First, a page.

Pope Francis Center Legal Clinic

    Students work with attorneys from law firms including Kitch, Dickinson Wright, Wilson Elser, Bodman, and Butzel Long to provide legal assistance to guests of the Pope Francis Center. The Pope Francis Center is located adjacent to the law school and provides a variety of services to people experiencing homelessness in Detroit. In the legal clinic, students learn how to research court records to help attorneys provide the most comprehensive services possible to guests at the Center.

    “Helping people is really what practicing law is all about, and the mini-clinics helped me understand how important pro bono work is for the community.”

    Sydney Fontanilla


    Sydney Fontanilla ‘22

    “This experience helps future lawyers gain an appreciation and understanding of the barriers to access across populations, and could motivate students to consider public need and social policy in their various interests in the law.”

    Brandon Alford


    Brandon Alford ‘23


    Wayne County Tax Foreclosure Hearing

    Students assist attorneys and non-attorney foreclosure experts from the United Community Housing Coalition and Michigan Legal Services. In January, the Wayne County Treasurer’s office has Show Cause Hearings for thousands of Wayne County residents who are facing tax foreclosure on their residential property. Students observe and support attorneys; students review documents to make sure they are complete and do other administrative tasks to allow attorneys to work with more clients.

    “This clinic developed my interest in real estate, property and business in the context of legal rights and community development. When I look back to this experience I realize how important it is to use my privilege to support those who are most vulnerable to systemic forms of racial, social, and economic injustice.”

    Sarah Elsayed


    Sarah Elsayed ‘22

Traveling Expungement Clinic

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    Traveling Expungement Clinic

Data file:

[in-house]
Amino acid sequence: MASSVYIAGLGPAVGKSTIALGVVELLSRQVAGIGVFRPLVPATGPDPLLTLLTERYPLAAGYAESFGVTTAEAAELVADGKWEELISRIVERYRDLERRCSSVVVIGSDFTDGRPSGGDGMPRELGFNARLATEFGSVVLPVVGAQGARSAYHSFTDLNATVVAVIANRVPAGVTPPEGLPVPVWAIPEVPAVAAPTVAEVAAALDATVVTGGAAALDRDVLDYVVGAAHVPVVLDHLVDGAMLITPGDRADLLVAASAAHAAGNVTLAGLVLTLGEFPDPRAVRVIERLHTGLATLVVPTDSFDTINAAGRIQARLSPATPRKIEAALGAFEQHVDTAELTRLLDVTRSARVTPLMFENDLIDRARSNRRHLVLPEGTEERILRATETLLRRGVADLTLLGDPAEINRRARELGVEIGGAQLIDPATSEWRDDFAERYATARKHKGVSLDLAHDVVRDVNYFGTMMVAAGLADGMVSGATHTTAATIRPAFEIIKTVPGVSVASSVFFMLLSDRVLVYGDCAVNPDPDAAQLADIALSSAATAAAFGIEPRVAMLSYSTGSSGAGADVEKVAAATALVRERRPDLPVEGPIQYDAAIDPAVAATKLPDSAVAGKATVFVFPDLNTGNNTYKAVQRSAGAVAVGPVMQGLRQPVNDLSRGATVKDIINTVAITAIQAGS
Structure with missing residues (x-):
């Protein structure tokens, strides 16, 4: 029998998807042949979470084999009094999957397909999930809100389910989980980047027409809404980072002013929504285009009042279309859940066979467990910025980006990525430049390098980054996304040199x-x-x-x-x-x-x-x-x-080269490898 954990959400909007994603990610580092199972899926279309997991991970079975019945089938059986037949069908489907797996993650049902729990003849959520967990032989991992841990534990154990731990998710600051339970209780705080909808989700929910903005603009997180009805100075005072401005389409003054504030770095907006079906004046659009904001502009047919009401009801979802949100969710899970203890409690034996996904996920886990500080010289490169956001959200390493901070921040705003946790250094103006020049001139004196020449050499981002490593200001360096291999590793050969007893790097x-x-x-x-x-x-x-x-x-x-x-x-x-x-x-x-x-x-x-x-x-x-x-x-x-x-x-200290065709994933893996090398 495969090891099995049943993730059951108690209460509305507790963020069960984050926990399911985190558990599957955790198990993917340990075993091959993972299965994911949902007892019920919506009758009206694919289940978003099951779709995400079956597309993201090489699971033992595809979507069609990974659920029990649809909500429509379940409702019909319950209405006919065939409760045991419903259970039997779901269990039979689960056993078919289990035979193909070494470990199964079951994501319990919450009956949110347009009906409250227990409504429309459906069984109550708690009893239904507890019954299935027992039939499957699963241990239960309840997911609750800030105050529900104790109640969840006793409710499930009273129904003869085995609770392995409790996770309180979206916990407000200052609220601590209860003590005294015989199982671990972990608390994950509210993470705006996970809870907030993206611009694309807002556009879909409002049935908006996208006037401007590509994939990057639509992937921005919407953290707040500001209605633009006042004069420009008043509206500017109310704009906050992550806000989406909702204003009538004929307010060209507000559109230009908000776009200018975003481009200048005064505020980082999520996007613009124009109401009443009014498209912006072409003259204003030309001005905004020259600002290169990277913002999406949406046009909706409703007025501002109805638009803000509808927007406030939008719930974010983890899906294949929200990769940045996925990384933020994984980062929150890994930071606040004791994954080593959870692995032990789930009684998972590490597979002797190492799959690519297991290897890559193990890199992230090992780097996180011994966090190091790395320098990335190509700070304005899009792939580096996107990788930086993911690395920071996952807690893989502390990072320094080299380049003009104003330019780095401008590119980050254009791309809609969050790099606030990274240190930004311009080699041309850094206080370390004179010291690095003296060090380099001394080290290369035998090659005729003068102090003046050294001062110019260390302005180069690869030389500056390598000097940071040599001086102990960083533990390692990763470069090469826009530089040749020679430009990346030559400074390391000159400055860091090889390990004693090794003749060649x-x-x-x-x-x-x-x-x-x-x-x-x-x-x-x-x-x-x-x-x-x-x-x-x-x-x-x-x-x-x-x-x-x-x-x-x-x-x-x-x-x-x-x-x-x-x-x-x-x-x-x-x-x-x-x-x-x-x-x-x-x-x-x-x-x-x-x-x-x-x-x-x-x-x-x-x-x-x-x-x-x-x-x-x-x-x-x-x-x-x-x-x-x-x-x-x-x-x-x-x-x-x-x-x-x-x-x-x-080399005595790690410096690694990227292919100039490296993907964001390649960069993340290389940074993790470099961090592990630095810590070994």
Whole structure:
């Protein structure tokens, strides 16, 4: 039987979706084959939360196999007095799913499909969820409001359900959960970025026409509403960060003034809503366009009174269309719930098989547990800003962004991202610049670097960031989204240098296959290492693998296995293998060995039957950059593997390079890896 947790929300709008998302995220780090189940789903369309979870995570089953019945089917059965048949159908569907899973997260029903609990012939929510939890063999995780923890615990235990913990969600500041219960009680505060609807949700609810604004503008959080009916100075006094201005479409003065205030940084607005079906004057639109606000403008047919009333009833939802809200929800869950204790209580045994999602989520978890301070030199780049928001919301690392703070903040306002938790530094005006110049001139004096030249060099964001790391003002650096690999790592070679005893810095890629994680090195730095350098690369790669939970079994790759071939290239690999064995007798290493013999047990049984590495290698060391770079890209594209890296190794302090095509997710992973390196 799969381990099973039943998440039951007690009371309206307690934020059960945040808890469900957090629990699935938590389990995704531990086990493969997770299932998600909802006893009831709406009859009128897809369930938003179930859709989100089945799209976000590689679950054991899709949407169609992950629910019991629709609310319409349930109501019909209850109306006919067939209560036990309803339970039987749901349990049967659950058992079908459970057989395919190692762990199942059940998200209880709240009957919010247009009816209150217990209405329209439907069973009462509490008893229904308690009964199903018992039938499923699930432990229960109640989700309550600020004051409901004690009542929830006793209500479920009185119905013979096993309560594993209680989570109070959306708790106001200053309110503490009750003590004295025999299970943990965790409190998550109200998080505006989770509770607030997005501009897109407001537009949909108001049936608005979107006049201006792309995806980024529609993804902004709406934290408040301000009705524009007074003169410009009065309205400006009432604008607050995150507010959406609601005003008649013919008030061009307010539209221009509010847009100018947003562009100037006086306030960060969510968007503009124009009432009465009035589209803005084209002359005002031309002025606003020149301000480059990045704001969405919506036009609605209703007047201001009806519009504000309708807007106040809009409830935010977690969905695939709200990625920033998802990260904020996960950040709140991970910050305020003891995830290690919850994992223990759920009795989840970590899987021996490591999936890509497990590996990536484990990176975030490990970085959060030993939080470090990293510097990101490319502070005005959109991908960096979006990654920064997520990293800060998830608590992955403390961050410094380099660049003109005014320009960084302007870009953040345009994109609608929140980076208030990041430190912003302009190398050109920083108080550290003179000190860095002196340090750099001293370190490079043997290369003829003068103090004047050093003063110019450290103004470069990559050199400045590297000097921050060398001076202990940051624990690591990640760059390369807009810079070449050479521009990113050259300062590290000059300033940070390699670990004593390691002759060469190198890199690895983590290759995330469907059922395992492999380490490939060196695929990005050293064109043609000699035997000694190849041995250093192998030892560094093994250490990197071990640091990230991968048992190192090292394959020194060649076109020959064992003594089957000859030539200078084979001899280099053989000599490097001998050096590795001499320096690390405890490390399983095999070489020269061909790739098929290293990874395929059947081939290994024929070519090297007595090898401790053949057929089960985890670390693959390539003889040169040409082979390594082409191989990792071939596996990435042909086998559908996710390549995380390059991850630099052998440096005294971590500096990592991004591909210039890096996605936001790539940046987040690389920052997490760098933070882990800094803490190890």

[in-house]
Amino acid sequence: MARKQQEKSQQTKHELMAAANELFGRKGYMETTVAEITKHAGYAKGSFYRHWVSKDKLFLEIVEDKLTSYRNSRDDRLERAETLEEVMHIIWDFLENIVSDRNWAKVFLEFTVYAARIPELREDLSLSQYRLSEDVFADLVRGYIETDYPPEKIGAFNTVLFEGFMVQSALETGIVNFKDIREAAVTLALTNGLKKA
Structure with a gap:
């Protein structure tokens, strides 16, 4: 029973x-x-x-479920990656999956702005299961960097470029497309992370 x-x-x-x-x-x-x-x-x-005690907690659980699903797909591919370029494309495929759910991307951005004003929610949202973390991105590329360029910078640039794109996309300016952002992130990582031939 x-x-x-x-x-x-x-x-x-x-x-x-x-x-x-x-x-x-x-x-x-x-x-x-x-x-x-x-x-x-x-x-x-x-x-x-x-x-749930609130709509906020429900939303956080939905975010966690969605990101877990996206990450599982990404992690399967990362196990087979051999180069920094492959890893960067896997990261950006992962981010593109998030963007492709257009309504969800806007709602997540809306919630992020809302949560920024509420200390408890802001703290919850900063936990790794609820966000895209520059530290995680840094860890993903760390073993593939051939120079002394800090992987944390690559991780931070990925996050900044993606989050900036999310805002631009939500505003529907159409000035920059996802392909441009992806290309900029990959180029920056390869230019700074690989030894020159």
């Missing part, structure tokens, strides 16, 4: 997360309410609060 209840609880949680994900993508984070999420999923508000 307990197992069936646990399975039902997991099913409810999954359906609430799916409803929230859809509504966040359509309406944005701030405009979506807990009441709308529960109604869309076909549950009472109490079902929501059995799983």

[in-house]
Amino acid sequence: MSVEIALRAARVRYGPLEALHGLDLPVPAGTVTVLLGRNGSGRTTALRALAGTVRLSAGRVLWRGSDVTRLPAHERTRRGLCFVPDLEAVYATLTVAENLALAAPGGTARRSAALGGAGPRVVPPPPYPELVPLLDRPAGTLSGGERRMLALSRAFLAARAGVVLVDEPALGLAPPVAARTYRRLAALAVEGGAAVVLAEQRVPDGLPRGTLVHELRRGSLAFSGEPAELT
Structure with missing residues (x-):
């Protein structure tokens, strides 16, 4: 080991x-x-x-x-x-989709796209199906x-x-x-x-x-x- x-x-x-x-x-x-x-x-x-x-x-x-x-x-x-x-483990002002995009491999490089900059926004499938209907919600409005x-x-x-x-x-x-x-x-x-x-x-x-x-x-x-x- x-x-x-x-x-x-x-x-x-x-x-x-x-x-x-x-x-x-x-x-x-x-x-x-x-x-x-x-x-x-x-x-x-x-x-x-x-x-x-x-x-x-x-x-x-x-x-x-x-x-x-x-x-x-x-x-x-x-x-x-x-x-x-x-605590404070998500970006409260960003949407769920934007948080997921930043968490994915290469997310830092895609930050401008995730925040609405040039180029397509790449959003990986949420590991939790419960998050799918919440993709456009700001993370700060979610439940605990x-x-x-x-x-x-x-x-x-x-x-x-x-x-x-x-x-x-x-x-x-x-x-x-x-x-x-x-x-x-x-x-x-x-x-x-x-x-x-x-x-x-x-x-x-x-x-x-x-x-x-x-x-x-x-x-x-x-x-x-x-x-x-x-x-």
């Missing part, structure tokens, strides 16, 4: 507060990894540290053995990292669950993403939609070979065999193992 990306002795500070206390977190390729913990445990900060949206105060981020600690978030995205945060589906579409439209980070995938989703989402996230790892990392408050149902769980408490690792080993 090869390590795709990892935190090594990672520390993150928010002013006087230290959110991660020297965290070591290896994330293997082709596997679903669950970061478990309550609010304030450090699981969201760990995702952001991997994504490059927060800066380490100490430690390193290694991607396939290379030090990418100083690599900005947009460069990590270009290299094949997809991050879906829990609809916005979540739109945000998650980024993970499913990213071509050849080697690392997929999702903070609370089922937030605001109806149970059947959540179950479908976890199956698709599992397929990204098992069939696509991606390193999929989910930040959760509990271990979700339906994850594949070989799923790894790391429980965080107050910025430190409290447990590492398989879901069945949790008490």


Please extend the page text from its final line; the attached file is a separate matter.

The Traveling Expungement Clinics provide individuals at no cost, legal services to determine if their criminal record was eligible for expungement and to assist them in navigating the complicated process.  These clinics offer expungement services in mid-northern Michigan and a total of 15 students from Detroit Mercy Law traveled to nine counties providing assistance to nearly 350 people to determine their eligibility for expungement. Students worked with volunteer attorneys, court officials, judges, sheriffs, and Detroit Mercy Law faculty and staff. 

    Detroit Mercy Law Clinical Program, Associate Dean of Experiential Learning, Nicholas Schroeck, Adjunct Professor Judge Michelle Rick and Clinic Director of Operations and Outreach, Rebecca Nowak, were recently selected by the State Bar of Michigan to receive the Kimberly M. Cahill award for the travelling expungement clinic that occurred in 2019. This award is presented to a recognized local or affinity bar association, program, or leader for excellence in promoting the ideal of professionalism or equal justice for all, or in responding to a compelling legal need within the community during the past year or on an ongoing basis. 

    “The Expungement Clinic was a legal innovation designed to restore dignity, pride, and, in some instances, life necessities to persons among us who have paid their debt to society and otherwise atoned for their past wrongdoings. Expungements are restorative. They have the power of opening doors that would remain closed - doors to employment, to student loans, to public benefits and other opportunities, and to a better life.”